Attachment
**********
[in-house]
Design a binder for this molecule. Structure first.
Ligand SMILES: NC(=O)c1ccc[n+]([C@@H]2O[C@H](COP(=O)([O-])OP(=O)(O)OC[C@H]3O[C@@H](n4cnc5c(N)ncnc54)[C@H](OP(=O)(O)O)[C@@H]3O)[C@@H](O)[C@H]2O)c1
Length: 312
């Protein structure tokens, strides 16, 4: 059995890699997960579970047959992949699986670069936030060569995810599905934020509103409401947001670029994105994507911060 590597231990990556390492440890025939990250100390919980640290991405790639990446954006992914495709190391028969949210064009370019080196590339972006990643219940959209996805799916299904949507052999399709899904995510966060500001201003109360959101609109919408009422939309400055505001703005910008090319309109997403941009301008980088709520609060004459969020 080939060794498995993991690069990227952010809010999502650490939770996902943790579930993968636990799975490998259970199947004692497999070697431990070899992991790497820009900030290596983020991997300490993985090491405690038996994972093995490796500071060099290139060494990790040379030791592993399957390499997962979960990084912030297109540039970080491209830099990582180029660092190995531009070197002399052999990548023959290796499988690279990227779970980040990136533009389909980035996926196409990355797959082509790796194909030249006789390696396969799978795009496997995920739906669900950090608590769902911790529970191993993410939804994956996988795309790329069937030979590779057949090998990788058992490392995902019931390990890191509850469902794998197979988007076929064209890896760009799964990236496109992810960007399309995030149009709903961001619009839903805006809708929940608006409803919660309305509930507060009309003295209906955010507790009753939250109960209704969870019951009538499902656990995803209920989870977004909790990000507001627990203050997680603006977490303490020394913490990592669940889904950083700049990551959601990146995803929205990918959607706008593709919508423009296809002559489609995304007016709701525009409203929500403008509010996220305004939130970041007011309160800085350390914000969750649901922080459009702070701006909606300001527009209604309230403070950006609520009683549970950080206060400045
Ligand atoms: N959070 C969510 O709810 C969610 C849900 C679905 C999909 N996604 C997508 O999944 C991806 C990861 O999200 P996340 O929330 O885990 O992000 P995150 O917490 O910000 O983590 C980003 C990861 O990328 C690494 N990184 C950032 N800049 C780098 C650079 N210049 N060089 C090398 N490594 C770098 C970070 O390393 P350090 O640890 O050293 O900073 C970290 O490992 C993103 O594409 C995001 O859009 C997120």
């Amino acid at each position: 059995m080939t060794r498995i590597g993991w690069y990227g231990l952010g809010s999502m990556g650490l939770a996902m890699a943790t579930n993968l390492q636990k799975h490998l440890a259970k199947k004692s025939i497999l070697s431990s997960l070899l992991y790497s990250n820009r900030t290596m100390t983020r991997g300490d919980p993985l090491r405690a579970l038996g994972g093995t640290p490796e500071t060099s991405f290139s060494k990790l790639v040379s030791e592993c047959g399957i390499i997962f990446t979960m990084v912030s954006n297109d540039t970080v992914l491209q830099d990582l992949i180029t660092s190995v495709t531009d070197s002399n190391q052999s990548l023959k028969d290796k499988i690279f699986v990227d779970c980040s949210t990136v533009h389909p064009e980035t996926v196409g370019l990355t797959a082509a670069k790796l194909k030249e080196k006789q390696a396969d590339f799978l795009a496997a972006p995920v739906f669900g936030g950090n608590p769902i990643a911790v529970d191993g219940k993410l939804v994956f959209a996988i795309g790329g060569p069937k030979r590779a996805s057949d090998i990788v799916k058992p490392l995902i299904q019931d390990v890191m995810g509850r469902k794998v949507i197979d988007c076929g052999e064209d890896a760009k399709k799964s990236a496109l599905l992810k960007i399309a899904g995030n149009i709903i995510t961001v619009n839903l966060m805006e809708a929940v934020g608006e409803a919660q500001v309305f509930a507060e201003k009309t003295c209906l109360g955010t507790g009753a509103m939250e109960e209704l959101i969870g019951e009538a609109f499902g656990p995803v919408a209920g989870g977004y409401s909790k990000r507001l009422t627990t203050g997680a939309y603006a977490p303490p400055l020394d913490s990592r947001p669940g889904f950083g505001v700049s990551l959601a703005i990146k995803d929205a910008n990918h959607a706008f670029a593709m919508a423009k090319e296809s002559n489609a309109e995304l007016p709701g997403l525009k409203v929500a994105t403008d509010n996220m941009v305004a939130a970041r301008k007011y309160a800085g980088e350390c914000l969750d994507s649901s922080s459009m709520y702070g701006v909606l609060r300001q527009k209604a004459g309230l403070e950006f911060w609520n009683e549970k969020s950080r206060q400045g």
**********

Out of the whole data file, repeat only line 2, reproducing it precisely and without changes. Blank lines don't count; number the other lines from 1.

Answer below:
Design a binder for this molecule. Structure first.